Winners announced for the NCEM Composers Award 2012
25 May 2012
Alex Woolf (left) and Benjamin Rowarth (right) Winners of the NCEM Composers Award 2012NCEM/Eddie Rolmanis
The winners of the NCEM Composers Award 2012 have been announced. The top prizes were awarded to 16-year-old Alex Woolf from Cambridge for Lux Aeterna (for the under-18 category) and to Benjamin Rowarth, aged 20, for Where is thy God? (in the 19-25 category).
The competition's brief was to compose a new piece of music inspired by the 'In Nomine' theme from John Taverner's Missa Gloria Tibi Trinitas. Competitors were told to create the composition with The Tallis Scholars' unique sound in mind.
Woolf and Rowarth were chosen from seven finalists by a jury including The Tallis Scholars director Peter Phillips, BBC Radio 3's Chris Wines and NCEM director Delma Tomlin. All finalists were given the opportunity to workshop their pieces with composer-professor Christopher Fox and vocal ensemble The Ebor Singers, who later performed the shortlisted entries in the final round at the National Centre for Early Music. The Tallis Scholars will premiere both winning entries in concert in Durham Cathedral on Saturday 2 June.
Woolf is a composer with the National Youth Orchestra and his work will be featured at this year’s Snape Proms. Rowarth is a 2nd-year student at Durham University, where he became interim director of music at University College last year; he is also assistant director for Durham Polyphony.
Chris Wines said that the award ‘offers a crucial platform for young composers to create and express themselves through early music. This year's entries attracted a fantastically rich and broad range of imaginative entries.’ Peter Phillips added: ‘I find it thrilling to perform works by a 16-year-old and a 20-year-old and really hope this award will encourage them to develop their styles and write for many different kinds of ensembles.’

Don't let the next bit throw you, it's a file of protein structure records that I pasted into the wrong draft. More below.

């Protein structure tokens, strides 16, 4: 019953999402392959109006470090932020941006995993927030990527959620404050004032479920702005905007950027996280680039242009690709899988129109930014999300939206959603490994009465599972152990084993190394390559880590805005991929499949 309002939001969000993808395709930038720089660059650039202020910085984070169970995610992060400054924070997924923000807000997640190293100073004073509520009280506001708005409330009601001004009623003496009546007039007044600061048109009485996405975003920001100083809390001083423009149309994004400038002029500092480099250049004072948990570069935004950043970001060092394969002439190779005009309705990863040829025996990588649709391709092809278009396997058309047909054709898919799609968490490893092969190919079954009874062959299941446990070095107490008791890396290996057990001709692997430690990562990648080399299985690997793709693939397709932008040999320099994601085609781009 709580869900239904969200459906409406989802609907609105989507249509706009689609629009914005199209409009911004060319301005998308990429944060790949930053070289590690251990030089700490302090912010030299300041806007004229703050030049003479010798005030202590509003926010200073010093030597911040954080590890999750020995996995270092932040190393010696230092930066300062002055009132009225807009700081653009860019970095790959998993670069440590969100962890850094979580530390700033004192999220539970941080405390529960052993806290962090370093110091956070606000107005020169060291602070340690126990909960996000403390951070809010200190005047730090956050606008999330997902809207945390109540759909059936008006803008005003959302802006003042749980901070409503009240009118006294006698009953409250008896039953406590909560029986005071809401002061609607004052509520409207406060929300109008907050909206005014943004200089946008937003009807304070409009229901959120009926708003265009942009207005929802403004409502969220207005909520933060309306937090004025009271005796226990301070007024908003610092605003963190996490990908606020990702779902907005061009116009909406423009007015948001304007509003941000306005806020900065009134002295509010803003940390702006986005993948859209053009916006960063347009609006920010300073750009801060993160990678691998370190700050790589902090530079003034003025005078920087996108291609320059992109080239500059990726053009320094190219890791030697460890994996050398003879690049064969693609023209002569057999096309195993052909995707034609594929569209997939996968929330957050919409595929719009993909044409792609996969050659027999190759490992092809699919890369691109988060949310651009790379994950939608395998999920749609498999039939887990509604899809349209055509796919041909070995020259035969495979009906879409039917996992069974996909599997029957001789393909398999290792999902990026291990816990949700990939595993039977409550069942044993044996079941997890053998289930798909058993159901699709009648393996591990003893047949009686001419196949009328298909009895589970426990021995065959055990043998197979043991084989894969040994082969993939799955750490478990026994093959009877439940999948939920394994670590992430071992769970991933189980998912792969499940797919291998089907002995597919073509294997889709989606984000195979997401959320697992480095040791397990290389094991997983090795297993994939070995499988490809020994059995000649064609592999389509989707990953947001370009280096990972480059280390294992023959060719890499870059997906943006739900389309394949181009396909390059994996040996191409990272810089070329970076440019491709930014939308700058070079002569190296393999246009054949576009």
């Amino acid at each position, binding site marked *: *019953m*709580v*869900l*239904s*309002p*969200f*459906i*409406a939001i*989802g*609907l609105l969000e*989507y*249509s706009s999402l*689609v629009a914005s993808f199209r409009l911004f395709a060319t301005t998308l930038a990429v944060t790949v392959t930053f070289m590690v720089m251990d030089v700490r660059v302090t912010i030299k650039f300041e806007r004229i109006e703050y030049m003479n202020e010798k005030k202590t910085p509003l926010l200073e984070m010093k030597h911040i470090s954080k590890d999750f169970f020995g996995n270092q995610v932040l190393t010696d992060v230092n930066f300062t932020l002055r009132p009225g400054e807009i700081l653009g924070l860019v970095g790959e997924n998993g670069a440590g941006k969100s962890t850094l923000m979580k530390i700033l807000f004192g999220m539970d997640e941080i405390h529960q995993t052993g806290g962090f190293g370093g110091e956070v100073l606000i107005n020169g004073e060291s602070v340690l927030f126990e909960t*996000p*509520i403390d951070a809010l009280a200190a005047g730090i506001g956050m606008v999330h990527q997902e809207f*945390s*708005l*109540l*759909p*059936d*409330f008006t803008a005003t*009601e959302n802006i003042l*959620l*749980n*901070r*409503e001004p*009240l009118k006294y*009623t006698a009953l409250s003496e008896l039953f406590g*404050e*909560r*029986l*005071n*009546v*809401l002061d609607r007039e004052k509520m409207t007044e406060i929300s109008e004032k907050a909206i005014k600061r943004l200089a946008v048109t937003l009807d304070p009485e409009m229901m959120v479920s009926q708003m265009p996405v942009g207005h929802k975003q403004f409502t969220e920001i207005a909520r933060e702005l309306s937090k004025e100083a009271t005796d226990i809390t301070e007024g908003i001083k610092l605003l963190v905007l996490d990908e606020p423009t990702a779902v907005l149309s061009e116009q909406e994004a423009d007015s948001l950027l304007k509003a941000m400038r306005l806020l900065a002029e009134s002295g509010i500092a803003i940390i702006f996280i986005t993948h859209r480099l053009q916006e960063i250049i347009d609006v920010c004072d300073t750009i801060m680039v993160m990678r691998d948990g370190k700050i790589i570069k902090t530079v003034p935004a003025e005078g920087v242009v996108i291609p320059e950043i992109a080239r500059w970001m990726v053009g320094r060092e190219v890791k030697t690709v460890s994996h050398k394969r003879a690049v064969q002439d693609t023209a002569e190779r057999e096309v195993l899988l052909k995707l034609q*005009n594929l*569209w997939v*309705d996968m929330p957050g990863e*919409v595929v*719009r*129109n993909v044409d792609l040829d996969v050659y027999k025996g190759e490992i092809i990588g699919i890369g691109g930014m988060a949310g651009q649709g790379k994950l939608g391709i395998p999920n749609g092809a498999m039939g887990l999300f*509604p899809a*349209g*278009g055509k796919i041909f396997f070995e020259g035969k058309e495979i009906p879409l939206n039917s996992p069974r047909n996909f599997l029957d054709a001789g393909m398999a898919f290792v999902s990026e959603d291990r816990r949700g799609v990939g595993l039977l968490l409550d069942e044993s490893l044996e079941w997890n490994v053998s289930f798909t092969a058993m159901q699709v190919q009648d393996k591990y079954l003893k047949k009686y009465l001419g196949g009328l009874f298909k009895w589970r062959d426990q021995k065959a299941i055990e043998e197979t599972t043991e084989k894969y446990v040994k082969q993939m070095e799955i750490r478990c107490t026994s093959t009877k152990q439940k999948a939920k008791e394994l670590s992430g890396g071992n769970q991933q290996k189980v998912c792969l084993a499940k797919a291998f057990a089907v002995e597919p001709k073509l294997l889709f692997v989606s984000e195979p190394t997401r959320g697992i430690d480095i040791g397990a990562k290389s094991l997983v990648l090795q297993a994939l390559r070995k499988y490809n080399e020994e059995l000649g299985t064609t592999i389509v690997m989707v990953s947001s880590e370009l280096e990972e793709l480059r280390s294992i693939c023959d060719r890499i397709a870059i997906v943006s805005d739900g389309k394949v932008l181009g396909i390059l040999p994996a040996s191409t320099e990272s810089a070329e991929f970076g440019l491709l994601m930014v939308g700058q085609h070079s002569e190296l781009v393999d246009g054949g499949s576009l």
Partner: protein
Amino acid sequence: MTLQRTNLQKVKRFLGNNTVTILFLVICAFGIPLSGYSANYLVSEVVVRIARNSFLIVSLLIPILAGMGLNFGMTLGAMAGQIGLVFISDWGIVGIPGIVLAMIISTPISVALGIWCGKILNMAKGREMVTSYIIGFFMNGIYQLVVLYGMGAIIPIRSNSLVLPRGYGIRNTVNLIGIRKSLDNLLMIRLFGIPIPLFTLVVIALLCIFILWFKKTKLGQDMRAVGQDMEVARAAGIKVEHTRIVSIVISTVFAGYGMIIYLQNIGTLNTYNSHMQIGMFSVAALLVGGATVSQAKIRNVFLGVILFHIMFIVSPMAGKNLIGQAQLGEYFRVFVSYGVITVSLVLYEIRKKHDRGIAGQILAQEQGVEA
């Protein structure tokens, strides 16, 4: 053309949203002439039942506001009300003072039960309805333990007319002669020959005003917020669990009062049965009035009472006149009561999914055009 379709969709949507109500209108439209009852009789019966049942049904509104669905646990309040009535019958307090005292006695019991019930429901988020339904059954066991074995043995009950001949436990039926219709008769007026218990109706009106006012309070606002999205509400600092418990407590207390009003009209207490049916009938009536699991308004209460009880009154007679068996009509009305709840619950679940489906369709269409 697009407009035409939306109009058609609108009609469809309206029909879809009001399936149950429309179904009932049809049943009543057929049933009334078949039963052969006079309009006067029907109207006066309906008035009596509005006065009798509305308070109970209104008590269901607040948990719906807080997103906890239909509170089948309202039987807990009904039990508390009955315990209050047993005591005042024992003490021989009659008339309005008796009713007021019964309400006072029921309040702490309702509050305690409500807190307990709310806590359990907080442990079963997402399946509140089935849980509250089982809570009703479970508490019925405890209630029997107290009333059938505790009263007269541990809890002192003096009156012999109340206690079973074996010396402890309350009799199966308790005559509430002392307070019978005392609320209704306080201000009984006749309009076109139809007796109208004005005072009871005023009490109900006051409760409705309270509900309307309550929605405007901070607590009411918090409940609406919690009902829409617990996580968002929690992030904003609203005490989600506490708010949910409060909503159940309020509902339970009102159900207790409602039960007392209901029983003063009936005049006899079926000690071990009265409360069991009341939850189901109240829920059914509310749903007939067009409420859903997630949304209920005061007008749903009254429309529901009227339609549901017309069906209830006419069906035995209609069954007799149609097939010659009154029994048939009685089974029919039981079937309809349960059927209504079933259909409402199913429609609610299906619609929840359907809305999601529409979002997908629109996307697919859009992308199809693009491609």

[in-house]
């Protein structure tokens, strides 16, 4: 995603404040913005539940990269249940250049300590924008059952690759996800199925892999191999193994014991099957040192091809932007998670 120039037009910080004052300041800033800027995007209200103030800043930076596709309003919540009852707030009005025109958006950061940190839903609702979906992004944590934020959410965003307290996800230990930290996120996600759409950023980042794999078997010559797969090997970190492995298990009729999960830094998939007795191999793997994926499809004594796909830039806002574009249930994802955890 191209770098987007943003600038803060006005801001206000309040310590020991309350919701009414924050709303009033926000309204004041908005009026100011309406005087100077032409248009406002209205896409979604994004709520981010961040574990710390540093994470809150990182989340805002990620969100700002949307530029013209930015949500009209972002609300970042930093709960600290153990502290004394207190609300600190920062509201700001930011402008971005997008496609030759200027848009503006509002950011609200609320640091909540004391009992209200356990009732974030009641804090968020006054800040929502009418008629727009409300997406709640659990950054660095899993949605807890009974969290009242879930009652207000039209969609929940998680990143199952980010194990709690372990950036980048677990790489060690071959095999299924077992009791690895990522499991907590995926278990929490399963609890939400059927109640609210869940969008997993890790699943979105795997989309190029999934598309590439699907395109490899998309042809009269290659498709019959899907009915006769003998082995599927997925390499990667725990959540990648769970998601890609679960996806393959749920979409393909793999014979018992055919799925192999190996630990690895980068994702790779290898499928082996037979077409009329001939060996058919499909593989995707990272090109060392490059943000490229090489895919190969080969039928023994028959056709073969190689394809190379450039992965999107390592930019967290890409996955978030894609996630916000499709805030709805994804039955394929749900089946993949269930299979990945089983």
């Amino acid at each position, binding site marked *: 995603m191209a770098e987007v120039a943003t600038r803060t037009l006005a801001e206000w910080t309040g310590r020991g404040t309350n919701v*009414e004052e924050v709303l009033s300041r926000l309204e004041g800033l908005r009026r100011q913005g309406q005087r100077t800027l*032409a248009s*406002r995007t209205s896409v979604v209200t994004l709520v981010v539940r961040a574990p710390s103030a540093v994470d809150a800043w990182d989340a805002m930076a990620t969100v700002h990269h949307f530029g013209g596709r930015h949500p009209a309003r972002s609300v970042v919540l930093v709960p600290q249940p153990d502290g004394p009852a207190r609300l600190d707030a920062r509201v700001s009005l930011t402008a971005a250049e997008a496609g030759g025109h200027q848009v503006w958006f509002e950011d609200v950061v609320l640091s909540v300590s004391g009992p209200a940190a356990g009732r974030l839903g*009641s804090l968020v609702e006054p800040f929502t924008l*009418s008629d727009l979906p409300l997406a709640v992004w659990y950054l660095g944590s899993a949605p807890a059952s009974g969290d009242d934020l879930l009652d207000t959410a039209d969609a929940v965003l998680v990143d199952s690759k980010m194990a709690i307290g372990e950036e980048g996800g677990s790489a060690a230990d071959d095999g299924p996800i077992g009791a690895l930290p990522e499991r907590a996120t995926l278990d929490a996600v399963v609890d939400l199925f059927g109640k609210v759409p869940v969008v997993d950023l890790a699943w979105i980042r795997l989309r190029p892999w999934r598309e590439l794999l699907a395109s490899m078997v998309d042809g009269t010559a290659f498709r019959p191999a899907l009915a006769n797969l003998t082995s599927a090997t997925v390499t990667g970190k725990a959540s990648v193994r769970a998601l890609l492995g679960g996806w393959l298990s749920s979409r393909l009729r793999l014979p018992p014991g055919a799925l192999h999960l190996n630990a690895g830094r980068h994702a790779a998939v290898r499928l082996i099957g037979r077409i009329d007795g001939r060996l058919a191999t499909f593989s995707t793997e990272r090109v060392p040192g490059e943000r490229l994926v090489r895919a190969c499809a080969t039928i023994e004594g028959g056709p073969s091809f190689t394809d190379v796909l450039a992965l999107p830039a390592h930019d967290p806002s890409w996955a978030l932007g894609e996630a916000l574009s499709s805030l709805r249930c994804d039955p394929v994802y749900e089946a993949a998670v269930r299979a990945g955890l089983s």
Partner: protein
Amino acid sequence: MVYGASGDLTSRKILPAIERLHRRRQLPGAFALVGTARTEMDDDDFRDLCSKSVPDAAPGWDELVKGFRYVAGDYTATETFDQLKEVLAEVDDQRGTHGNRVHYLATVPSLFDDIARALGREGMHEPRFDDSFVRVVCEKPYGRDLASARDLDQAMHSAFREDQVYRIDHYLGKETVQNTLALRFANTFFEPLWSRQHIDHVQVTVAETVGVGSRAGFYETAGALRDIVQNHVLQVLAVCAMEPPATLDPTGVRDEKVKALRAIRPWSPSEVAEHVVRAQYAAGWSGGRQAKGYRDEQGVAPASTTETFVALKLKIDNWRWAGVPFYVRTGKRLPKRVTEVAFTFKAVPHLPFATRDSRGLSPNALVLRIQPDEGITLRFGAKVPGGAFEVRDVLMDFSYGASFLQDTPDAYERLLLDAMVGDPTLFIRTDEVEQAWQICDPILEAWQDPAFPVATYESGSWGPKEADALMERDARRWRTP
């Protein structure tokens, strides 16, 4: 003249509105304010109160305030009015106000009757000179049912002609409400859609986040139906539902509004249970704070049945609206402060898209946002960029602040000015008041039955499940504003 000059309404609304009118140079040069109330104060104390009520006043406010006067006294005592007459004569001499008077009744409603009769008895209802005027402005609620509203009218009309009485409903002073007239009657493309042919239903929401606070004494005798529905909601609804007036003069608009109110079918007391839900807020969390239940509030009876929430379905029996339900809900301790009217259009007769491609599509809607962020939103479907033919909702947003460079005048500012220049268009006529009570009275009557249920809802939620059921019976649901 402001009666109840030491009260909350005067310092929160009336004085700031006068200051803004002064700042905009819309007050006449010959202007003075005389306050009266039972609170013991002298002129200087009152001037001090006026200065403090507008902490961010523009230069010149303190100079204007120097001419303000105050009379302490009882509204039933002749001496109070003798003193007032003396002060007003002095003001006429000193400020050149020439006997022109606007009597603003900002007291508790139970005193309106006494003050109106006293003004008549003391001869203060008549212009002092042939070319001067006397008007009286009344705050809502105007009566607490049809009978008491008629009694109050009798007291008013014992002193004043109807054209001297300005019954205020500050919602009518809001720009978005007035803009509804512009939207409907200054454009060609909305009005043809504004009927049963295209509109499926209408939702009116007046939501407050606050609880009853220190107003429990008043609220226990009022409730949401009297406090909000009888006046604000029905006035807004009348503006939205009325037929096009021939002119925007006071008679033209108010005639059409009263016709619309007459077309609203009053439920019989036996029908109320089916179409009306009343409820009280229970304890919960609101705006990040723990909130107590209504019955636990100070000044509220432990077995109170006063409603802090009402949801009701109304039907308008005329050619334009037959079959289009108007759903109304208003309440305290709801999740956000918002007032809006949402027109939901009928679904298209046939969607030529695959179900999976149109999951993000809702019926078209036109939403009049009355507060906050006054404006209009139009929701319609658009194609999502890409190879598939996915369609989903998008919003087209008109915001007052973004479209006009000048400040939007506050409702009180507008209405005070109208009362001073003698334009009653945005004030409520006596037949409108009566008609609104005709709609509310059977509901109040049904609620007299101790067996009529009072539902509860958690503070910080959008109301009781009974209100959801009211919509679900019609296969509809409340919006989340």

Requiem Mass held for organist John Birch
25 May 2012
Requiem Mass held for the late John Birch
A Requiem Mass for John Birch, who died on 28 April, was held on 15 May at All Saints Church, Margaret Street, London, where Birch had been organist and choirmaster during the 1950s. In his sermon, the Very Revd Nicholas Frayling, Dean of Chichester, told of Birch’s deep faith and of his appointment as director of music at Chichester Cathedral during the time of Dean Walter Hussey; from this creative collaboration came the revival of the Southern Cathedrals Festival, and the commissioning of Leonard Bernstein to write the Chichester Psalms, of which Birch conducted the British premiere in 1965.
While at Chichester Birch continued to lead an active musical life outside the cathedral, as a professor at the Royal College of Music, a council member of the Royal College of Organists, organist and visiting lecturer at the University of Sussex, and as an international concert artist. After leaving Chichester, Birch was organist at the Temple Church in London and became curator organist at the Royal Albert Hall. Roderick Swanston gave a warm tribute, recalling Birch’s meticulous pedagogical approach – which resonated with the former pupils present in the church – and sharing memories of Birch’s wit, love of art, and fine hospitality.
Paul Brough directed the choir in movements from Duruflé’s Requiem and Stanford’s Beati quorum, and Stephen Disley played the closing voluntary, ‘Varhany solo’ from Janácek’s Glagolitic Mass. A special service was held at the same time in St Michael and All Angels Church in Observatory, Cape Town, where Birch wintered during the last ten years of his life.
A full obituary will appear in the July/August issue of Choir & Organ.
Halsey set to become LSO and LSC chorus director
17 May 2012
'Dream come true': Simon HalseyMatthias Heyde
Leading conductor Simon Halsey has been appointed the chorus director of the London Symphony Orchestra (LSO) and the London Symphony Chorus (LSC). The post will involve coordinating all the choral work relating to the orchestra as well as the chorus.